I thought he was meeting me at the restaurant, but okay.

The horn beeps on my car when I hit the Unlock button, and Ryle spins around. He grins when he sees me. “Yes, I agree,” he says into the phone. He wraps an arm around my shoulder and pulls me against him, pressing a kiss to the top of my head. “We’ll talk about it tomorrow,” he says. “Something really important just came up.”


He hangs up the phone and slides it into his pocket, then he kisses me. It’s not a hello kiss. It’s an I’ve-been-thinking-about-you-nonstop kiss. He wraps both arms around me and spins me until I’m backed up against my car, where he continues to kiss me until I start to feel dizzy again. When he pulls back, he’s looking down at me appreciatively.

“You know which part of you drives me the craziest?” He brings his fingers to my mouth and traces my smile. “These,” he says. “Your lips. I love how they’re as red as your hair and you don’t even have to wear lipstick.”

I grin and kiss his fingers. “I better watch you around my mom, then, because everyone says we have the same mouth.”

He pauses his fingers against my lips and he stops smiling. “Lily. Just . . . no.”

I laugh and open my door. “Are we taking separate cars?”

He pulls the door open for me the rest of the way and says, “I took an Uber here from work. We’ll ride together.”

• • •

My mother is already seated at a table when we arrive. Her back is to the door as I lead the way.

I’m instantly impressed by the restaurant. My eyes are drawn to the warm, neutral colors painted on the walls and the almost full-sized tree in the middle of the restaurant. It looks like it’s growing straight out of the floor, almost as if the entire restaurant was designed around the tree. Ryle follows closely behind me with his hand on my lower back. Once we reach the table, I begin to pull off my jacket. “Hey, Mom.”

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She looks up from her phone and says, “Oh, hey, honey.” She drops her phone in her purse and waves her hand around the restaurant. “I already love it. Look at the lighting,” she says, pointing up. “The fixtures look like something you’d grow in one of your gardens.” That’s when she notices Ryle, who is standing patiently next to me as I slide into the booth. My mother smiles at him and says, “We’ll take two waters for now, please.”

My eyes dart to Ryle and then back to my mother. “Mom. He’s with me. He’s not the waiter.”

She looks up at Ryle again with confusion. He just smiles and reaches out his hand. “Honest mistake, ma’am. I’m Ryle Kincaid.”

She returns the handshake, looking back and forth between us. He releases her hand and slides into the booth. She looks a little flustered when she finally says, “Jenny Bloom. Nice to meet you.” She places her attention back on me and raises an eyebrow. “A friend of yours, Lily?”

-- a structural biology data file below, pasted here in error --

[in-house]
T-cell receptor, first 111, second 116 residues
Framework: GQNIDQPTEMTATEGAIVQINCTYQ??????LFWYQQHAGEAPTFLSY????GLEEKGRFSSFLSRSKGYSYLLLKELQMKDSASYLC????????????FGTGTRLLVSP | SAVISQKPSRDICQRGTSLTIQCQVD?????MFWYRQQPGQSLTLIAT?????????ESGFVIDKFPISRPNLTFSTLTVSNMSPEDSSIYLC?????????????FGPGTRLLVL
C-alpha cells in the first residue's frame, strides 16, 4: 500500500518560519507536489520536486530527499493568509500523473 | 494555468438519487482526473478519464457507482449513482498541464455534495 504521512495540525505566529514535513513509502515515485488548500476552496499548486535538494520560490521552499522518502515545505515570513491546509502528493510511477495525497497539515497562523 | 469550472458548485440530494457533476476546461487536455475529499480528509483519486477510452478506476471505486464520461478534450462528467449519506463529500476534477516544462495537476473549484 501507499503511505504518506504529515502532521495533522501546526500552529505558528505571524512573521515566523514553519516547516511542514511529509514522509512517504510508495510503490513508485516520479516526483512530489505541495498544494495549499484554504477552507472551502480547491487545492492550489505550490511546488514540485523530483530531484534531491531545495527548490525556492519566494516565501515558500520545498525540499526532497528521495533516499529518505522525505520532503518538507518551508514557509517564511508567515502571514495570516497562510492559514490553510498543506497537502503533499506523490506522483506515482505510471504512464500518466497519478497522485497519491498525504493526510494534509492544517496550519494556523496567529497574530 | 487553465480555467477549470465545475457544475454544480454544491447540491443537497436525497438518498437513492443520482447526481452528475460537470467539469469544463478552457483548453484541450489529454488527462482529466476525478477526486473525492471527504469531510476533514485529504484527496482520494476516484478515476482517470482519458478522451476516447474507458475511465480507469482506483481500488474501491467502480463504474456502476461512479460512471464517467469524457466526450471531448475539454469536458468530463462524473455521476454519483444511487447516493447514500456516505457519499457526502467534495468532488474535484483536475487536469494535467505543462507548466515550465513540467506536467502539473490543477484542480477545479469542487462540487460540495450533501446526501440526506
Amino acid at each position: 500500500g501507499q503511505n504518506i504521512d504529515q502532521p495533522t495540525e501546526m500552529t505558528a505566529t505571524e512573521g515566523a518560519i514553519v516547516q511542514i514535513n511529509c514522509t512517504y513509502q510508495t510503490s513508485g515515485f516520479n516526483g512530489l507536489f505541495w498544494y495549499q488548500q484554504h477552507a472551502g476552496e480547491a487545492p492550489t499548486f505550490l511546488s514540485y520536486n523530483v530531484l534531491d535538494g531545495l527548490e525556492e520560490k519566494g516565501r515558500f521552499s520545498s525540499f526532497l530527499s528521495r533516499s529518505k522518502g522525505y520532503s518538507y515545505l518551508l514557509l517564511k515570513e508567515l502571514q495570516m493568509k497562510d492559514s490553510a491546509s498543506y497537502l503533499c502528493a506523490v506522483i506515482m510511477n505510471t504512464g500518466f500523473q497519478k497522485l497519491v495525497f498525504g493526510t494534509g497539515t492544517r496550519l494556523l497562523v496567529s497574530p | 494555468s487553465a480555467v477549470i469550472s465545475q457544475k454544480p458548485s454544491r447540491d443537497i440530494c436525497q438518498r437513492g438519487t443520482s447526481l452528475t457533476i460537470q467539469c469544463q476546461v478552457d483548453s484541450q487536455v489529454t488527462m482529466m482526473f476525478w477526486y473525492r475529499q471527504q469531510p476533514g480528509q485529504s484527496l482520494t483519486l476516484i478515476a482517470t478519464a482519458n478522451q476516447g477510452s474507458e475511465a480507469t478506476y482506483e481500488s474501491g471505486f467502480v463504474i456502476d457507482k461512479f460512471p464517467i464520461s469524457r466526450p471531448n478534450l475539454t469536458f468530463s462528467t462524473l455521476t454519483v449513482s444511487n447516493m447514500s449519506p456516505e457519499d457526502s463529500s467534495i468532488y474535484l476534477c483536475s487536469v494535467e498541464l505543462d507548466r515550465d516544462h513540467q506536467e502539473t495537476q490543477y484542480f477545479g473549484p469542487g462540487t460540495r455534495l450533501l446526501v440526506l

I can’t believe I’m not better prepared for this moment. What in the heck do I introduce him as? My trial run? I can’t say boyfriend, but I can’t very well say friend. Prospect seems a little dated.

Ryle notices my pause, so he puts his hand on my knee and squeezes reassuringly. “My sister works for Lily,” he says.“Have you met her? Allysa?”

My mother leans forward in her booth and says, “Oh! Yes! Of course. You two look so much alike now that you mention it,” she says. “It’s the eyes, I think. And the mouth.”

He nods. “We both favor our mother.”

My mother smiles at me. “People always say they think Lily favors me.”

“Yes,” he says. “Identical mouths. Uncanny.” Ryle squeezes my knee under the table again while I try and suppress my laughter. “Ladies, if you’ll excuse me, I need to head to the gentlemen’s room.” He leans in and kisses me on the side of the head before standing. “If the waiter comes, I’ll just take water.”

My mother’s eyes follow Ryle as he walks away, and then she slowly turns back to me. She points at me and then to his empty seat. “How come I haven’t heard about this guy?”

I smile a little. “Things are kind of . . . it’s not really . . .” I have no idea how to explain our situation to my mother. “He works a lot, so we haven’t really spent that much time together. At all. This is actually the first time we’ve been to dinner together.”

My mother raises an eyebrow. “Really?” she says, leaning back in her seat. “He sure doesn’t treat it like that. I mean—he seems comfortably affectionate with you. Not normal behavior with someone you’ve just met.”

“We didn’t just meet,” I say. “It’s been almost a year since the first time I met him. And we’ve spent time together, just not on a date. He works a lot.”

“Where does he work?”

“Massachusetts General Hospital.”

My mother leans forward and her eyes practically bulge from her head. “Lily!” she hisses. “He’s a doctor?”

I nod, suppressing my grin. “A neurosurgeon.”

“Can I get you ladies something to drink?” a waiter asks.

“Yeah,” I say. “We’ll take three . . .”

And then I clamp my mouth shut.

I stare at the waiter and the waiter stares back at me. My heart is in my throat. I can’t remember how to speak.

“Lily?” my mother says. She flicks her hand toward the waiter. “He’s waiting for your drink order.”

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